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New Genetic Risk Findings from Johns Hopkins University Reported (Whole Exome Sequencing of Distant Relatives in Multiplex Families Implicates Rare...

August 29, 2014



New Genetic Risk Findings from Johns Hopkins University Reported (Whole Exome Sequencing of Distant Relatives in Multiplex Families Implicates Rare Variants in Candidate Genes for Oral Clefts)

By a News Reporter-Staff News Editor at Genomics & Genetics Weekly -- New research on Genetics is the subject of a report. According to news reporting originating from Baltimore, Maryland, by NewsRx correspondents, research stated, "A dozen genes/regions have been confirmed as genetic risk factors for oral clefts in human association and linkage studies, and animal models argue even more genes may be involved. Genomic sequencing studies should identify specific causal variants and may reveal additional genes as influencing risk to oral clefts, which have a complex and heterogeneous etiology."

Our news editors obtained a quote from the research from Johns Hopkins University, "We conducted a whole exome sequencing (WES) study to search for potentially causal variants using affected relatives drawn from multiplex cleft families. Two or three affected second, third, and higher degree relatives from 55 multiplex families were sequenced. We examined rare single nucleotide variants (SNVs) shared by affected relatives in 348 recognized candidate genes. Exact probabilities that affected relatives would share these rare variants were calculated, given pedigree structures, and corrected for the number of variants tested. Five novel and potentially damaging SNVs shared by affected distant relatives were found and confirmed by Sanger sequencing. One damaging SNV in CDH1, shared by three affected second cousins from a single family, attained statistical significance (P = 0.02 after correcting for multiple tests)."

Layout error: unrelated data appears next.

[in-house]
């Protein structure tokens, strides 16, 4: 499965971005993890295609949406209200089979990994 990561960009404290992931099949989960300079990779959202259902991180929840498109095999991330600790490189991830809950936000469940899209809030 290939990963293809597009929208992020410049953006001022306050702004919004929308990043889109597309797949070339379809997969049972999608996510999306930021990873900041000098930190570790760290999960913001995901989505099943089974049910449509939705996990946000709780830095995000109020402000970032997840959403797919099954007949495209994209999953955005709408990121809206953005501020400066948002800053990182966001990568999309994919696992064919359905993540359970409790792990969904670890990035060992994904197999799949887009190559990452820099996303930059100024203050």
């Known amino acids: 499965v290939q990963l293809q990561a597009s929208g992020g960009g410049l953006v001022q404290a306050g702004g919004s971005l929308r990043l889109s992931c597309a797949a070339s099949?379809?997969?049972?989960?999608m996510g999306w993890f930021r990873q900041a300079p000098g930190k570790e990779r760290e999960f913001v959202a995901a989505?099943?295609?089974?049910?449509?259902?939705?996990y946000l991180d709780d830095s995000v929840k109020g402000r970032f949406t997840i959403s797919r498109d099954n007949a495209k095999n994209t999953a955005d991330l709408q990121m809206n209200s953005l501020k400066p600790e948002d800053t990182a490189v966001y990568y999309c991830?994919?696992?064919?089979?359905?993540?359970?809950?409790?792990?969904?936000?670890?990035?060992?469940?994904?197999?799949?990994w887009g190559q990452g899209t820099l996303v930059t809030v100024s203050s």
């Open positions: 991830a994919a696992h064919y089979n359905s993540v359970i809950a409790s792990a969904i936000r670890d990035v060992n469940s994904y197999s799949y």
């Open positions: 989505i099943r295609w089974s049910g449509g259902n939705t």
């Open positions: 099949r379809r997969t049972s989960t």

According to the news editors, the research concluded: "Family-based designs such as the one used in this WES study offer important advantages for identifying genes likely to be causing complex and heterogeneous disorders."

For more information on this research see: Whole Exome Sequencing of Distant Relatives in Multiplex Families Implicates Rare Variants in Candidate Genes for Oral Clefts. Genetics, 2014;197(3):1039-1044,484-492. Genetics can be contacted at: Genetics Society America, 9650 Rockville Ave, Bethesda, MD 20814, USA. (Cell Press - www.cell.com; Genetics - www.cell.com/trends/genetics/home)

The news editors report that additional information may be obtained by contacting A. Bureau, Johns Hopkins Sch Med, Inst Med Genet, Baltimore, MD 21224, United States. Additional authors for this research include M.M. Parker, I. Ruczinski, M.A. Taub, M.L. Marazita, J.C. Murray, E. Mangold, M.M. Noethen, K.U. Ludwig, J.B. Hetmanski, J.E. Bailey-Wilson, C.D. Cropp, Q. Li, S. Szymczak, H. Albacha-Hejazi, K. Alqosayer, L.L. Field and Wu-Chou (see also Genetics).

Keywords for this news article include: Maryland, Genetics, Baltimore, United States, Risk and Prevention, North and Central America

Our reports deliver fact-based news of research and discoveries from around the world. Copyright 2014, NewsRx LLC


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Source: Genomics & Genetics Weekly


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